I’m assuming that the belligerent writers on the 2clix or not 2clix thread etc on whirlpool.net.au are legit grumpy consumers and not some sort of sh*t-stirring competitors of 2clix:
GOING TO WAR WITH THE CONSUMER: What would happen if everyone created a blog post called 2clix sucks? Would that come top of the various search engines when you search for 2clix? What if we all linked to each other’s blog post called 2clix sucks – and Google Juice connectivity – what impact would that have on 2clix?
Interesting question indeed. Sunshine note motivates readers to email firstname.lastname@example.org. Do you have a post? A call to action? Please let me know so I can list it here, for marketing research purposes.
NOTE: For those of you who don’t know: 2clix is suing their consumers – sorry, I mean the host of a social network because their consumers said bad things against them.
Here’s the Sydney Morning Herald article:
The statement said Whirlpool, which has more than 180,000 registered users, believed the case was without merit and that it would “defend the matter vigorously, despite being a community website with little resources”.
Whirlpool users have already begun donating money to the site to help Wright cover any legal costs. Some claim to have donated more than $1000 through Paypal.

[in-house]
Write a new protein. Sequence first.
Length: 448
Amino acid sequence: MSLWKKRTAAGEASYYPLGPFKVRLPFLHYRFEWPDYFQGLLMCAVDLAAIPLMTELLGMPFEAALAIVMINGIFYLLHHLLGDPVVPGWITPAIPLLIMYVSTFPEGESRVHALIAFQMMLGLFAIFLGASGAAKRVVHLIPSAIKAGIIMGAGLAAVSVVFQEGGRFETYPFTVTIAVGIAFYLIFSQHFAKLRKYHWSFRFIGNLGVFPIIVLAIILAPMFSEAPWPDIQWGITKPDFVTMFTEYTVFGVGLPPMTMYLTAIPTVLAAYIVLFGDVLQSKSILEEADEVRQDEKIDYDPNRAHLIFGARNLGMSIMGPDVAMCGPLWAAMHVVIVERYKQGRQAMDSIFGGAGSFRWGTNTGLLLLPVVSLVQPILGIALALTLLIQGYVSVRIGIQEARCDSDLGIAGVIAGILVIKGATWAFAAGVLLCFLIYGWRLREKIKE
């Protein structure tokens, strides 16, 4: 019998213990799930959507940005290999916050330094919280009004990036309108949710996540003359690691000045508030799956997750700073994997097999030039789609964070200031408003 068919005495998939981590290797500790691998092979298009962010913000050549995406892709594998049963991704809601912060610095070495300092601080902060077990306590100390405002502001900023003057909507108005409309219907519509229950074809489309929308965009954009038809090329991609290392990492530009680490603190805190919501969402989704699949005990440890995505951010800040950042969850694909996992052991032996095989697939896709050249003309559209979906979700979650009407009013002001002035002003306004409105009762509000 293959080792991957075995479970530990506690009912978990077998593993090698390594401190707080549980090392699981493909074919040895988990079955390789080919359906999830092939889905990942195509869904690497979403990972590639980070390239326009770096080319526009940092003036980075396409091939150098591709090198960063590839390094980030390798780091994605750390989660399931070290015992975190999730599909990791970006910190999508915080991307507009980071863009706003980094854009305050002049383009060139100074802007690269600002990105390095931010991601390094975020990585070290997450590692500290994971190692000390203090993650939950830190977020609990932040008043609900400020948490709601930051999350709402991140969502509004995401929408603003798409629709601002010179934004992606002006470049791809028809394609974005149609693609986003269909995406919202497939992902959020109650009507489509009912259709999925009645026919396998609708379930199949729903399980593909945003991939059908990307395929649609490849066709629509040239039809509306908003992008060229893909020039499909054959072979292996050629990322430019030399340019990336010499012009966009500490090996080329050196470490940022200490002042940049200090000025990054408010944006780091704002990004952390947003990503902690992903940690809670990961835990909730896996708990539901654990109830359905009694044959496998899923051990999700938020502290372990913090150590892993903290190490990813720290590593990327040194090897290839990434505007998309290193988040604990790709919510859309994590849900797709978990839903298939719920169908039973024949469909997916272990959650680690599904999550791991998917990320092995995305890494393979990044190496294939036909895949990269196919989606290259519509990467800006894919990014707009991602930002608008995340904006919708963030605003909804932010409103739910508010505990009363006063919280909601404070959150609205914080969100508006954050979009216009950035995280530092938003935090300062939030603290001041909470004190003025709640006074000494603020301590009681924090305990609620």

Why Telstra or Optus should underwrite Whirlpool (Simon Wright). At the moment, the Telcos are rubbing their hands together with glee, glad to be rid of Whingepool (because the forums occasionally host a flame war anti-some-poor-company). The rest of the time it’s filled with 180,000 lead influencers in the Telecommunications industry, discussing technology and telecommunications, fixing bugs, making recommendations and sharing expertise. Y’know, these are the know-it-alls in the IT department that decide how to set up the infrastructure and network for your company. 180,000 of them across Australia. If they are not in the It&T department of your law or finance firm or hospital, then they are the geeks that work at … Telstra, Optus, People Telecom, Exetel, and so on. 180,000 people who shape telecoms strategy for small, medium and large businesses across Australia. If one of the telcos don’t fund Simon, he may well shut the forums down. What happens then? These geeks/telco engineers/consumers will just shut up?
Nah, I don’t think so.
What will happen is that the community will fragment. I’ve seen this before. Forum software is cheap: VBBulletin runs at about $160 a licence. PHPBB is free. Hosting in the States (where you get anonymity) is about $7 per month. In the next 48-60 hours we will see a host of anonymous sites spring up with names like
I own NowWeAreListening.com.au so don’t bother trying for that one. There’s a million other names you can choose.
You get the picture. And these guys understand RSS so they will link and connect to each other. Creating multiple sites with power Google Juice. In about 72 hours when you do a search on Telstra or Optus or 2clix, you will get a million returns on 2clix sucks or Telstra sucks pages instead of one at Whirlpool. Is that what they want?